In response to concerns of high alcohol, expressed by several journalists today, Boscaini countered: ‘you can’t cut off the legs of a giant’ (Singleton calls it as a ‘gentle giant’). At least the wine remains refreshing, he said, ‘unlike a big Australian Shiraz.’ But – ‘you wouldn’t want to drive a car after two glasses...’
Although the term ‘Amarone’ was coined as recently as 1968, Masi has eighteenth century origins, and today produces five Amarone from grapes sown in a hillside amphitheatre north-west of Verona. Terroir is well presented on Amarone, says Boscaini. Differences may be marked, viz. the ‘sunset facing’ Costasera by reflective Lake Garda versus limestone sown Campolongo di Torbe and the high Mazzano on brown soil. Singleton describes Campolongo di Torbe: ‘soils rich in Eicoene limestone and basalt give the wine its characteristic hint of bitter almond and cherrystone...’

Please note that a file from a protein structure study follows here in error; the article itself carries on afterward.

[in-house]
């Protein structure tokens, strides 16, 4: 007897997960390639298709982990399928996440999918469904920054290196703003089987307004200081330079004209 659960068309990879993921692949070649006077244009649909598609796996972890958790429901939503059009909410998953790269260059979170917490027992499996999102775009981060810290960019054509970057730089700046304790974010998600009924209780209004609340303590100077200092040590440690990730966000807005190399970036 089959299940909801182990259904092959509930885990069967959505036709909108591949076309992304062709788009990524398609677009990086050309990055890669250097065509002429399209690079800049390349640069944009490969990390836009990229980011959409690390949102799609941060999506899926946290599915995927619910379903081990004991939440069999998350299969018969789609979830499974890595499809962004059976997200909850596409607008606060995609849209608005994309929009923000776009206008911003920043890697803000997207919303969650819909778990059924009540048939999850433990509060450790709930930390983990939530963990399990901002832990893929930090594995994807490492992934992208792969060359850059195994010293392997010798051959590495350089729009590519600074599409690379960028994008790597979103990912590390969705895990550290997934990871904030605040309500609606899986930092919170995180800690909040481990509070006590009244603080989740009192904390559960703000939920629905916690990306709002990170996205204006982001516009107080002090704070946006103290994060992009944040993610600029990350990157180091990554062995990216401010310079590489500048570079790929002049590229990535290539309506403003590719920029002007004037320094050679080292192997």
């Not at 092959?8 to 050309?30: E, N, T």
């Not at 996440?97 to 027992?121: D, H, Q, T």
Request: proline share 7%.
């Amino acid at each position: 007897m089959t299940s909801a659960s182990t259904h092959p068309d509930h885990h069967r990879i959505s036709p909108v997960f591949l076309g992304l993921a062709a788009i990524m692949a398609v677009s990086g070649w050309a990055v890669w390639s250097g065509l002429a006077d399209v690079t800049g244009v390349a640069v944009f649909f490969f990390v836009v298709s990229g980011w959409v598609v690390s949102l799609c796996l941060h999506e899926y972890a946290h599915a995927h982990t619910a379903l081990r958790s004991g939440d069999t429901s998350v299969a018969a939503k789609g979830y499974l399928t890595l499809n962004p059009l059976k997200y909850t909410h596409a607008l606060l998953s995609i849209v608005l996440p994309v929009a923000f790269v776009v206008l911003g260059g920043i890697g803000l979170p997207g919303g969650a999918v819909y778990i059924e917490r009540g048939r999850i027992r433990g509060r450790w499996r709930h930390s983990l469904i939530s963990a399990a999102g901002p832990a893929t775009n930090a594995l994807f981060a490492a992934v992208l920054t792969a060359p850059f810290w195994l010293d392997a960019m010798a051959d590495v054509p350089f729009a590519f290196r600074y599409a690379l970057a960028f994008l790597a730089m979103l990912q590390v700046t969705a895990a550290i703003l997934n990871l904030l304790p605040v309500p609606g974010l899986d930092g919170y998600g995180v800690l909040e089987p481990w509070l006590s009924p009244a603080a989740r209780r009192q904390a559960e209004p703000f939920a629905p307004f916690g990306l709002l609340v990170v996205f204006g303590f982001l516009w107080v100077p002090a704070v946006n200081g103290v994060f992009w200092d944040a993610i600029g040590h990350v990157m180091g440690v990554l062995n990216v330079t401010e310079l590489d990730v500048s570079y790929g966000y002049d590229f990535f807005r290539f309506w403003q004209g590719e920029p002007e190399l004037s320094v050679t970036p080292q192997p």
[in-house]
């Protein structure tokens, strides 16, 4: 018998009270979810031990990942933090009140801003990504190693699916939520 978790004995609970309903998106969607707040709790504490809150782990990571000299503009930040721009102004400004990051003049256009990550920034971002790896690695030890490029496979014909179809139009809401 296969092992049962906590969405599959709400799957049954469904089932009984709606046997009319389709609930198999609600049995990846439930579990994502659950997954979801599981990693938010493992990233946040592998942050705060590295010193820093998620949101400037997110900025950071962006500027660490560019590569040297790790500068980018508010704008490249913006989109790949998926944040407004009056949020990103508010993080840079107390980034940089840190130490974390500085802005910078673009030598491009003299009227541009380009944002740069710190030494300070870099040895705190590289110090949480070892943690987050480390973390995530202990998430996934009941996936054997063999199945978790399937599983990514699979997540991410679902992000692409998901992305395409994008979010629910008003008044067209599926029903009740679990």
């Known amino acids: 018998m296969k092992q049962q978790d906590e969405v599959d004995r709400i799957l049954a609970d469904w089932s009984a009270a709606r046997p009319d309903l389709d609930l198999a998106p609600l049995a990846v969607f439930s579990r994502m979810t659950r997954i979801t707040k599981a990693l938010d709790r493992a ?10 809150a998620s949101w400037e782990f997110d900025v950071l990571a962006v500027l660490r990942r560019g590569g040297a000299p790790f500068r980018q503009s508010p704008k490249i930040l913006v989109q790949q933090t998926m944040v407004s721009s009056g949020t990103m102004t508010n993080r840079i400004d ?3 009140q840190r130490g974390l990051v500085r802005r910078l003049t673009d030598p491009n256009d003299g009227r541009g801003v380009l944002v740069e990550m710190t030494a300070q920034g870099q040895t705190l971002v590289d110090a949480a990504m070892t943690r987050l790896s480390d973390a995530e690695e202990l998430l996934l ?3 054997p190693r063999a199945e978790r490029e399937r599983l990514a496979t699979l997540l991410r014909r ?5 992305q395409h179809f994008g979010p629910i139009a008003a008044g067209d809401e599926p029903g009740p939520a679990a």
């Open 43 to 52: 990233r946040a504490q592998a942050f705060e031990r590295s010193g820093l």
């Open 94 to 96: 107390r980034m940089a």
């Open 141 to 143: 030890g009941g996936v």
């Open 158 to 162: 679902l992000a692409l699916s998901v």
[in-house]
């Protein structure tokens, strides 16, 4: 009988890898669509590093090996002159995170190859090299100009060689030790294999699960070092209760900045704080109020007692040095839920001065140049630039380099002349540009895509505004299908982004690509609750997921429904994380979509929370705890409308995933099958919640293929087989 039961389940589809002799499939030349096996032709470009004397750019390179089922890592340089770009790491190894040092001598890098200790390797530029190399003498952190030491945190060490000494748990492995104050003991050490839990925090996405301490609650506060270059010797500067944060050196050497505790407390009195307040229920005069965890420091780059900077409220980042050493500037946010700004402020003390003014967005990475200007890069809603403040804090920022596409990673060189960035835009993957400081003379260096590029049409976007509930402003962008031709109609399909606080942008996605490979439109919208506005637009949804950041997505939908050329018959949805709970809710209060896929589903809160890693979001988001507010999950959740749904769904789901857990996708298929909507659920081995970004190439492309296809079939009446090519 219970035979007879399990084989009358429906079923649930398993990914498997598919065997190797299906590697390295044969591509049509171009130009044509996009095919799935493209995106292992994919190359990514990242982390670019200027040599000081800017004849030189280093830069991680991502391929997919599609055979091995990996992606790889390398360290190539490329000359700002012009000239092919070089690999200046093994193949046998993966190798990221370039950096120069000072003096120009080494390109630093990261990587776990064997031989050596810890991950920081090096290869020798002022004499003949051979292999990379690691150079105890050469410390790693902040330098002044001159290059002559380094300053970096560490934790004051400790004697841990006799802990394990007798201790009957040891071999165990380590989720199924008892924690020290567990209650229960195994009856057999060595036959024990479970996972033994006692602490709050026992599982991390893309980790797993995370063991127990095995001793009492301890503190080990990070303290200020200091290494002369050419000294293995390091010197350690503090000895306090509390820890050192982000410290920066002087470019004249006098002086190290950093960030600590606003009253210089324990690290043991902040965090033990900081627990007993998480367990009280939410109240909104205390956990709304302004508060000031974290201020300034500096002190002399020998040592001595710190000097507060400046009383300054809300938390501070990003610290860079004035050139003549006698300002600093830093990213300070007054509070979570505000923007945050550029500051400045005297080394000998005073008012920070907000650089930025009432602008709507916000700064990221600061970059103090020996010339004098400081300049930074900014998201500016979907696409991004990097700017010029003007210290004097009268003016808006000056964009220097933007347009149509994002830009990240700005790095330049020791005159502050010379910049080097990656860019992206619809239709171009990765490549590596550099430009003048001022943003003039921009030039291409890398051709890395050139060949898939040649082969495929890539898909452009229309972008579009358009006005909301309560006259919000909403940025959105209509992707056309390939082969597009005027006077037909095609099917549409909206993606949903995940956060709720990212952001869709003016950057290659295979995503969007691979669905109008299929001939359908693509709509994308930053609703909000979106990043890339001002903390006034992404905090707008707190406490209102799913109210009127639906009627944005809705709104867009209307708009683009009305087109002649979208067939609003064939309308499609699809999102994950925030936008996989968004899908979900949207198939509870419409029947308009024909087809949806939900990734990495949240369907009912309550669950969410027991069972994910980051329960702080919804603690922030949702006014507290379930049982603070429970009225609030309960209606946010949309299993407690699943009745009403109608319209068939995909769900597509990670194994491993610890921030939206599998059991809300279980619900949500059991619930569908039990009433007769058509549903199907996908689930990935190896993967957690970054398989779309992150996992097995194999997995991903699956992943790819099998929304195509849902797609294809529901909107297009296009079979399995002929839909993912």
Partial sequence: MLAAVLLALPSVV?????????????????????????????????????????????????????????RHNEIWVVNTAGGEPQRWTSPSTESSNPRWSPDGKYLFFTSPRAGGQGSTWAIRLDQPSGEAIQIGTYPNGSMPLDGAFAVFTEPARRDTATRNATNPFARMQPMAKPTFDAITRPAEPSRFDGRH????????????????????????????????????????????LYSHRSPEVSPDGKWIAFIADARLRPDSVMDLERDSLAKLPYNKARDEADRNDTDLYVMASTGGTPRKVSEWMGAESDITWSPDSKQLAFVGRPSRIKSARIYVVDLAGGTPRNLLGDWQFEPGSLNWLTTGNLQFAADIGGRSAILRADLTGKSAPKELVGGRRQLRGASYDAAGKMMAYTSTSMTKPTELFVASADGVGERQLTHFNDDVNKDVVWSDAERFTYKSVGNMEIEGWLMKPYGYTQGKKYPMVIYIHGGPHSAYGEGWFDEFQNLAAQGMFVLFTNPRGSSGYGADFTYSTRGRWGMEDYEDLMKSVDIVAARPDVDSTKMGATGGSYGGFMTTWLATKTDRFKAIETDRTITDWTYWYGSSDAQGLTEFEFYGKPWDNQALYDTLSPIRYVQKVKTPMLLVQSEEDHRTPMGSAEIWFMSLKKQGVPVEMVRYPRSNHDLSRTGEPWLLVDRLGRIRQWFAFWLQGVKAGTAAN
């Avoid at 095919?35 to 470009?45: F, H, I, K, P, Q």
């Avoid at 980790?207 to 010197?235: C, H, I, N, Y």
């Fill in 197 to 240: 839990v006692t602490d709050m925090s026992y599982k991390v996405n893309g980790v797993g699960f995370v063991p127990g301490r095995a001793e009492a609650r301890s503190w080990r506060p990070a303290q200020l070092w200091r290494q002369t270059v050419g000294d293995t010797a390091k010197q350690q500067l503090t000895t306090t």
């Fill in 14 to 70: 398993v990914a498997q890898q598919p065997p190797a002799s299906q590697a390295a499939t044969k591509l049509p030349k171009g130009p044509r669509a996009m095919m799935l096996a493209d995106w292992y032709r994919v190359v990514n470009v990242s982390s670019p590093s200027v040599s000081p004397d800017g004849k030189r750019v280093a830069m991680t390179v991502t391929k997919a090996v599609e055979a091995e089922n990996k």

Despite the food matches advocated in Singleton’s book being resolutely traditional, Boscaini mentioned that his event, ‘Amarone Marco Polo di Vini’, running for 20 years, has seen a host of international chefs craft some very unusual main courses to go with Masi Amarones, including lampreys (bloodsucking eels) and horse meat.
Following the tasting, it was time for lunch at Dinner. Boscaini partnered sprightly, greengage-scented ’11 Masianico Pinot Grigio and Verduzzo (25/30% of the latter grapes being air-dried for texture) with a dish of roast sea bass taking inspiration from about 1830, with leaf chicory and cockle ketchup. With very gently spiced pigeon (c. 1780) ale and artichokes, he selected ruby, vital Brolo ’08 Campofiorino Oro which coped well with the nemesis of fine wine, artichokes. Finally, Casal dei Ronchi Recioto ’09 brought defined, restrained sweetness to a ‘new’ dish on Blumenthal’s menu: autumn tart (c. 1720) of roast figs, blackberries, black currant sorbet on crushed Nice biscuits and cinnamon. A touch of smoke curled the dish.
Boscaini, who enjoyed lunch at Dinner, proved his gastronomic abilities, being bound for dinner at Gauthier Soho that evening...